Back in 1984, Wendy's came up with one of the most memorable ad campaigns of all time. The phrase "Where's The Beef" caught on like wildfire . . . the connotation being that a Wendy's Hamburger was a comparatively bigger value than that of their competition.
The slogan is a definite part of our pop culture . . . it is still part of present day slang as a saying for questioning the substance of any proposal, idea or product. It was also used by Walter Mondale in the 1984 Democratic presidential primary campaign to critique the insubstantial proposals of one of his opponents, Gary Hart.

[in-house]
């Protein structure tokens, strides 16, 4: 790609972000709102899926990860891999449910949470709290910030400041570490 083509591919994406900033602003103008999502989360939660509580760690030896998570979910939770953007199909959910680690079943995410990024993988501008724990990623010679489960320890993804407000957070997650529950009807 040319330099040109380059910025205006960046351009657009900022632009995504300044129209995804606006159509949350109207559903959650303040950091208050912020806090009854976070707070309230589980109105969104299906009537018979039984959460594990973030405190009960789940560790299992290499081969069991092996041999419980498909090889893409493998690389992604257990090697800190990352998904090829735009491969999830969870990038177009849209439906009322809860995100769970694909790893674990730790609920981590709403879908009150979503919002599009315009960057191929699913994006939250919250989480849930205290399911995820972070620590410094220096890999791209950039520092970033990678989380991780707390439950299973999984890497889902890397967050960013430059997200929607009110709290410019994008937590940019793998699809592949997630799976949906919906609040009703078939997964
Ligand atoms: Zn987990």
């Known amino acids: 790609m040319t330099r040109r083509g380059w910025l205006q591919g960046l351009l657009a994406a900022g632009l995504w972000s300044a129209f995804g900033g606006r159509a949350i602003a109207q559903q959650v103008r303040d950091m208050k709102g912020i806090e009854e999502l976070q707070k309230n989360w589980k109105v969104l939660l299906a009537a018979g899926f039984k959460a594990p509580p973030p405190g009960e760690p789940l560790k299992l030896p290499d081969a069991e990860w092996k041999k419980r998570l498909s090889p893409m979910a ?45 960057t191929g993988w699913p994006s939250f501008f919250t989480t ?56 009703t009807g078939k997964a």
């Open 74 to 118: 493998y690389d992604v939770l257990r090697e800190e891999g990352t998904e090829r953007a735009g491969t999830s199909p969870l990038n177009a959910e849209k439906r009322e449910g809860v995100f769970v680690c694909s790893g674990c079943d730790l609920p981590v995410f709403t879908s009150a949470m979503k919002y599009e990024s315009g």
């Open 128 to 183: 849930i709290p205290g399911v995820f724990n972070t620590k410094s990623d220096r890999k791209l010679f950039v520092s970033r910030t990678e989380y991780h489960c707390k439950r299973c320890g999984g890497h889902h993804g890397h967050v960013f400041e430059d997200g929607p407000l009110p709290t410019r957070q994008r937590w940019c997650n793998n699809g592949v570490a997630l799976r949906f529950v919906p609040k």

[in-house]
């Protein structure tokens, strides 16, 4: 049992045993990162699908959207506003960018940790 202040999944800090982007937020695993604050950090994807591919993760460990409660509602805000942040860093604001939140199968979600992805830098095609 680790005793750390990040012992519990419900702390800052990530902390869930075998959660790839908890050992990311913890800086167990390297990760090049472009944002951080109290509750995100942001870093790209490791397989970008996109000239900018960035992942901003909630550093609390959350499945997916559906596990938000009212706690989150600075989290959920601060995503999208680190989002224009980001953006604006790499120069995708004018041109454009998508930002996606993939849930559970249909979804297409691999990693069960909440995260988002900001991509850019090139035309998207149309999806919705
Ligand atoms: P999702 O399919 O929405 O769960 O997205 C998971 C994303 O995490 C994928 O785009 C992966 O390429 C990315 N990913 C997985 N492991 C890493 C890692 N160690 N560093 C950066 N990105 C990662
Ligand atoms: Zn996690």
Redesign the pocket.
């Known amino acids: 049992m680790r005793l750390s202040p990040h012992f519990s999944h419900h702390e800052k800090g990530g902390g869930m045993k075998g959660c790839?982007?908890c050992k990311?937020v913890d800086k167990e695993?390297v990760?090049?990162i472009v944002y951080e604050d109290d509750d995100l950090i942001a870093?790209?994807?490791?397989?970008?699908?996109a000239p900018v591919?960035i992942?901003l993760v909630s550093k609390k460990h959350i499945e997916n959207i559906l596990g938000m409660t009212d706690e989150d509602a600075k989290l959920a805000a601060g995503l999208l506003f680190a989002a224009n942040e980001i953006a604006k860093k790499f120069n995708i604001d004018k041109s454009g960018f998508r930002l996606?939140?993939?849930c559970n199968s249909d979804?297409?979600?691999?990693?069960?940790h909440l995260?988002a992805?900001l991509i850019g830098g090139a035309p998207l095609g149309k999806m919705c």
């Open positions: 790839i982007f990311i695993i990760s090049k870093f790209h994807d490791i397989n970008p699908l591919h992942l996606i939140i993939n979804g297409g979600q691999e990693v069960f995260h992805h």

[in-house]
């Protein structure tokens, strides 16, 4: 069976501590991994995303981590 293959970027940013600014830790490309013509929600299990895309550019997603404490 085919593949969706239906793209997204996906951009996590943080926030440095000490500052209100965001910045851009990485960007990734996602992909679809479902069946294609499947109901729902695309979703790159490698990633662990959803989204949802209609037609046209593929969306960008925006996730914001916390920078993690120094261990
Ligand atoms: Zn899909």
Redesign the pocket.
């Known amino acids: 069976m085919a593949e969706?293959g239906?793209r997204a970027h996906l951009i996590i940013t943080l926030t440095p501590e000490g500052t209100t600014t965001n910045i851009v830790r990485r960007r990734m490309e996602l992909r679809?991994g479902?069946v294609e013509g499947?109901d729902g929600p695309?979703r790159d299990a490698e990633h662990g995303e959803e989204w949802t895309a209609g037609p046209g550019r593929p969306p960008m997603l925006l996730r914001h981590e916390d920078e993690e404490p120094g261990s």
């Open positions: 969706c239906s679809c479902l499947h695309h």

The theme of the ad campaign was a disgruntled old lady who trotted into a non-Wendy's fast food restaurant, bought a hamburger with a "big bun," and griped, "Where's the Beef?"
The disgruntled old lady was Clara Peller, a retired Chicago manicurist. She clearly represents Andy Warhol's "15 minutes of fame" adage as she went from obscurity to star after being discovered at the age of 81 . . . she passed away from natural causes in 1987 . . .
Her uniquely husky voice and quirky mannerisms caught the attention of an ad agency working on an advertising campaign for the then struggling Wendy's fast food chain. The rest is history . . .
The advertising campaign was a huge success, finding Clara herself on a number of tie-in products . . . coffee mugs, t-shirts, posters, puzzles, bubble gum, a "Where's The Beef" game and on and on . . .
A single was even released based on "Where's The Beef"
Here are some of the television commercials . . . seems like yesterday!
A bit more nostalgia . . .